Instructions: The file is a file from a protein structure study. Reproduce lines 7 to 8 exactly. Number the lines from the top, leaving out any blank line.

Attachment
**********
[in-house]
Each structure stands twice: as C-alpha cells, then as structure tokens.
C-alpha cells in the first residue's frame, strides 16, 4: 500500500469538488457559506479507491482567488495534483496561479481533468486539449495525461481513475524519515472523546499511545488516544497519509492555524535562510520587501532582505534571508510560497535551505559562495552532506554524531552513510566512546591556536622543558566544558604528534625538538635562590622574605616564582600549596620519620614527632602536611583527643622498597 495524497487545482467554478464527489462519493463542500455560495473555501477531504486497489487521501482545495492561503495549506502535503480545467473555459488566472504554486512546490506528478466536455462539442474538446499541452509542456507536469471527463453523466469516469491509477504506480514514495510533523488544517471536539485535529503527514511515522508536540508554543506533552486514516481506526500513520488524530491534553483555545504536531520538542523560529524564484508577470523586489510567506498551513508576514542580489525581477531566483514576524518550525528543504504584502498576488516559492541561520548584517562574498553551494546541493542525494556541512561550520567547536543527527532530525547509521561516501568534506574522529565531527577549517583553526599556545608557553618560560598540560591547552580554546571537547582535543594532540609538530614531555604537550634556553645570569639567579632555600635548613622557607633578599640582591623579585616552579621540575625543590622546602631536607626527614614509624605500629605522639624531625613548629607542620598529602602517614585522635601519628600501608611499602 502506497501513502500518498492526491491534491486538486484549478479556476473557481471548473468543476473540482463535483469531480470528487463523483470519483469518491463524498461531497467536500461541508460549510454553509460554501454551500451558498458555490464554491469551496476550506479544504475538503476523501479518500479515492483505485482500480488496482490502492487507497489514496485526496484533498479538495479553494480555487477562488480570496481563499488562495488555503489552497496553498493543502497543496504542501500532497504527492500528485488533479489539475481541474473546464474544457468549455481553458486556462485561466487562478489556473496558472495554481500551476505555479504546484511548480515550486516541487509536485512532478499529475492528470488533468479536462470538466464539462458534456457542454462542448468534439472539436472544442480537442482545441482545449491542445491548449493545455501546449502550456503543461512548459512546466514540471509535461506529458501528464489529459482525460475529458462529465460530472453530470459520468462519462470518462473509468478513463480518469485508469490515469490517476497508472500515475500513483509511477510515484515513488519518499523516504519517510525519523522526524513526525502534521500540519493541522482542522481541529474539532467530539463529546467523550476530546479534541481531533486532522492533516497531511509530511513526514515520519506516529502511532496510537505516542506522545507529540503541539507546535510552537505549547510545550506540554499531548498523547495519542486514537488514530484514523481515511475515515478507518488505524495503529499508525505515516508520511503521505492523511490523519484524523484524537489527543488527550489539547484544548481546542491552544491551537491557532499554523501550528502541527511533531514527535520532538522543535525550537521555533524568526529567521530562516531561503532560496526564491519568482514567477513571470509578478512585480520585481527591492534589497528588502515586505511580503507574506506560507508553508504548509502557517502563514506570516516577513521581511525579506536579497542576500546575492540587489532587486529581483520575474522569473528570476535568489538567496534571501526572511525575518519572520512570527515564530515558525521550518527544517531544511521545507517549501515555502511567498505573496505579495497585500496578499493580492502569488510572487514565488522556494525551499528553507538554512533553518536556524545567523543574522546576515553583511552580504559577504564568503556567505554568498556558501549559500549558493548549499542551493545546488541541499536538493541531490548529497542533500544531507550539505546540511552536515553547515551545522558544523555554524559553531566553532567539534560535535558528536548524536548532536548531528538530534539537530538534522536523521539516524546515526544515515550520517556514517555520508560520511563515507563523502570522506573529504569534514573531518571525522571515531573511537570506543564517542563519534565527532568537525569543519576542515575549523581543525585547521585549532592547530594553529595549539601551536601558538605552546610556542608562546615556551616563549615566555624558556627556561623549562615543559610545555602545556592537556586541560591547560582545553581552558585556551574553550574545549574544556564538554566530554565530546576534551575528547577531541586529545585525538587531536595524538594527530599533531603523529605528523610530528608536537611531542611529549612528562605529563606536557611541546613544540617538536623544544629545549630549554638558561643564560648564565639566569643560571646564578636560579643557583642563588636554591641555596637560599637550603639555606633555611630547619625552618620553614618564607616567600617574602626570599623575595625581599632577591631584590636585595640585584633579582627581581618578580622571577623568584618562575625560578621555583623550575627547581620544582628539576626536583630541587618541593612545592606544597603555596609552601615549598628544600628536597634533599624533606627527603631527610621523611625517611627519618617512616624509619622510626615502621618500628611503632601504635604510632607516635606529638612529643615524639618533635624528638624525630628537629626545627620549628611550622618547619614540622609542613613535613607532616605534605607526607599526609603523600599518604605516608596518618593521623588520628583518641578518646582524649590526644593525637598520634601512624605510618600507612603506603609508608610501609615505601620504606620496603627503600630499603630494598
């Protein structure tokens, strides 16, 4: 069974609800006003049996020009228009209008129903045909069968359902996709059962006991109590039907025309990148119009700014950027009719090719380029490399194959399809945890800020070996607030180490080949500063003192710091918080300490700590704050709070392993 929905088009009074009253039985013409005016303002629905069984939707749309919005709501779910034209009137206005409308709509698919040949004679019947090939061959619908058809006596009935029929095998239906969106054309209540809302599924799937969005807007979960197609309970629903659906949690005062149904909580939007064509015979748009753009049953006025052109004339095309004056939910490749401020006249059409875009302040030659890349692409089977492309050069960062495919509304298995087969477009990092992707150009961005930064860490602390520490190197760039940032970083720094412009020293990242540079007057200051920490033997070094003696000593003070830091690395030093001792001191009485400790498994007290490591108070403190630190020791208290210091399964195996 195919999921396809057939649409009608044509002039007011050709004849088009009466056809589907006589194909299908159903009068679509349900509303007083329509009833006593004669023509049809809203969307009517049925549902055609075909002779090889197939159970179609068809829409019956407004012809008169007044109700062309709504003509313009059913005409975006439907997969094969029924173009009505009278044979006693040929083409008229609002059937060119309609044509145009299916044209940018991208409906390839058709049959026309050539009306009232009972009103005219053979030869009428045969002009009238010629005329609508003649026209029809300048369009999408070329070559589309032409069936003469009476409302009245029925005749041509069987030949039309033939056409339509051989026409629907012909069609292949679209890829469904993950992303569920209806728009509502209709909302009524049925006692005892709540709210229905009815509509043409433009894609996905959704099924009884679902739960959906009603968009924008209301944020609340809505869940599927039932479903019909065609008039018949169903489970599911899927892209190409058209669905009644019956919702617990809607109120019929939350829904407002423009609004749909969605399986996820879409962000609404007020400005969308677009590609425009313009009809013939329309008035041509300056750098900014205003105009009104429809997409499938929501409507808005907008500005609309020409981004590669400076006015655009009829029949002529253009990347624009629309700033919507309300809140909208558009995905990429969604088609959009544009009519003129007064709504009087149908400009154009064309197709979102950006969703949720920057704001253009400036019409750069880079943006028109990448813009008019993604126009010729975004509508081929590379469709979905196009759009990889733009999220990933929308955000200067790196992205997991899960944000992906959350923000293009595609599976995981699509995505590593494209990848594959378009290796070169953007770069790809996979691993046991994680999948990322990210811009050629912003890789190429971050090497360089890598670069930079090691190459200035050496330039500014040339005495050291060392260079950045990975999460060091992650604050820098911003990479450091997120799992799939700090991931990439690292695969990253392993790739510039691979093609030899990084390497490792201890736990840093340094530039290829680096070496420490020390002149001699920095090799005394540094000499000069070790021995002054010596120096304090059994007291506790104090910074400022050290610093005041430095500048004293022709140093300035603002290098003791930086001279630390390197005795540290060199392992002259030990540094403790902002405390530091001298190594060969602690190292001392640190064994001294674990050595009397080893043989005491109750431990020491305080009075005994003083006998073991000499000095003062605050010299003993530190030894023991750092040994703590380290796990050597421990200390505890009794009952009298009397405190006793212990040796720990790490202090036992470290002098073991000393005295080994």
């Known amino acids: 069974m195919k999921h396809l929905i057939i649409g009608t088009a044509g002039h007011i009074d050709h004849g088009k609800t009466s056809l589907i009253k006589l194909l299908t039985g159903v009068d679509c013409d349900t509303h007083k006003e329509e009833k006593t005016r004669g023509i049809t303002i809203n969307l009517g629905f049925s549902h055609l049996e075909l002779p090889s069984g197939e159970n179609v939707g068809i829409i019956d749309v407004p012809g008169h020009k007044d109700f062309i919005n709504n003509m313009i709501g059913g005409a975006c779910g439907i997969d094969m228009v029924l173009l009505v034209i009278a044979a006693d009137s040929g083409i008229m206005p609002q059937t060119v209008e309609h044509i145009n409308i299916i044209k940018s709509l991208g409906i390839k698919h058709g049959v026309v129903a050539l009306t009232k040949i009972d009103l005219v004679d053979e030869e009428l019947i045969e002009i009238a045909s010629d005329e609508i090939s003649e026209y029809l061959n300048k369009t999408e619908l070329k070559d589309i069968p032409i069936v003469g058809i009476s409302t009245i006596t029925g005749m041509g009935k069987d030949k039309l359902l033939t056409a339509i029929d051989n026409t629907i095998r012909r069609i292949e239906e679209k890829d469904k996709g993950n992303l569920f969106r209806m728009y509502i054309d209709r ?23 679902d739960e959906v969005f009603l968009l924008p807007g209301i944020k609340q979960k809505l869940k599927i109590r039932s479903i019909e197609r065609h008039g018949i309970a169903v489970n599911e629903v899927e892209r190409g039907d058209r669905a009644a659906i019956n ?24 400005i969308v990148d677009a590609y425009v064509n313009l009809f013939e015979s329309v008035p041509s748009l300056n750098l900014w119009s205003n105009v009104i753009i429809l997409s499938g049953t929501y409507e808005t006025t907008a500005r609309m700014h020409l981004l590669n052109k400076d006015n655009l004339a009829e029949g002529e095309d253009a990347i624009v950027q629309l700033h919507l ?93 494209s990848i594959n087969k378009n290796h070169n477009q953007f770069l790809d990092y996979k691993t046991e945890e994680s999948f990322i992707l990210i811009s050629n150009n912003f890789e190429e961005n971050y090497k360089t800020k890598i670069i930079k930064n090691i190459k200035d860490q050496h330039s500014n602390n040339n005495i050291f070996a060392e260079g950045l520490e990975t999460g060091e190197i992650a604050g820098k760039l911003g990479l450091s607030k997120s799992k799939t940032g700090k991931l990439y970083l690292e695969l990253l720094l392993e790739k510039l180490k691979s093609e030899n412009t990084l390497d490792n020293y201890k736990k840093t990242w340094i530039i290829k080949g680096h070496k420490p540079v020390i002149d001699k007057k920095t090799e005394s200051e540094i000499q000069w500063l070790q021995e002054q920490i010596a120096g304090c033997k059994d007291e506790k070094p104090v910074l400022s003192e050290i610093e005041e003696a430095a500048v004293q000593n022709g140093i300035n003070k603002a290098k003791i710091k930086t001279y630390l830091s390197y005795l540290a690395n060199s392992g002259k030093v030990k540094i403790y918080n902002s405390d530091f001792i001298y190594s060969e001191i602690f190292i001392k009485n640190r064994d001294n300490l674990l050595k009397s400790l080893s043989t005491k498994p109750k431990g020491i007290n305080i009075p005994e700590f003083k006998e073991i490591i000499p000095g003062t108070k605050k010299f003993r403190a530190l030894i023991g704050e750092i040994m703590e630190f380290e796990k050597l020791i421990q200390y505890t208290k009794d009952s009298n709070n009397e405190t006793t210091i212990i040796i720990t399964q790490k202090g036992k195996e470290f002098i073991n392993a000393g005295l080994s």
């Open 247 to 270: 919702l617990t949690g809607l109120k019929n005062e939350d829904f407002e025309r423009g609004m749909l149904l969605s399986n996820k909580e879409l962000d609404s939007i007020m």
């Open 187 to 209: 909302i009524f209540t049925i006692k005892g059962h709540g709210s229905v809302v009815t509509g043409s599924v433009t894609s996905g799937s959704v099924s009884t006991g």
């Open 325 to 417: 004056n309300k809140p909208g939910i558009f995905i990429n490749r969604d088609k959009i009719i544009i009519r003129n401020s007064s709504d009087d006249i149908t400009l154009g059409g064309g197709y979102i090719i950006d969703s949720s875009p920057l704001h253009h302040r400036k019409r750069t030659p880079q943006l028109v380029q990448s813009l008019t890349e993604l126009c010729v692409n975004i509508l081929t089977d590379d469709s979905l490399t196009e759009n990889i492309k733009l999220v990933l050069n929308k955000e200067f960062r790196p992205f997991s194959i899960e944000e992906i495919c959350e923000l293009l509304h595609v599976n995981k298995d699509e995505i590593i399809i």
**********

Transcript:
């Open 187 to 209: 909302i009524f209540t049925i006692k005892g059962h709540g709210s229905v809302v009815t509509g043409s599924v433009t894609s996905g799937s959704v099924s009884t006991g």
């Open 325 to 417: 004056n309300k809140p909208g939910i558009f995905i990429n490749r969604d088609k959009i009719i544009i009519r003129n401020s007064s709504d009087d006249i149908t400009l154009g059409g064309g197709y979102i090719i950006d969703s949720s875009p920057l704001h253009h302040r400036k019409r750069t030659p880079q943006l028109v380029q990448s813009l008019t890349e993604l126009c010729v692409n975004i509508l081929t089977d590379d469709s979905l490399t196009e759009n990889i492309k733009l999220v990933l050069n929308k955000e200067f960062r790196p992205f997991s194959i899960e944000e992906i495919c959350e923000l293009l509304h595609v599976n995981k298995d699509e995505i590593i399809i």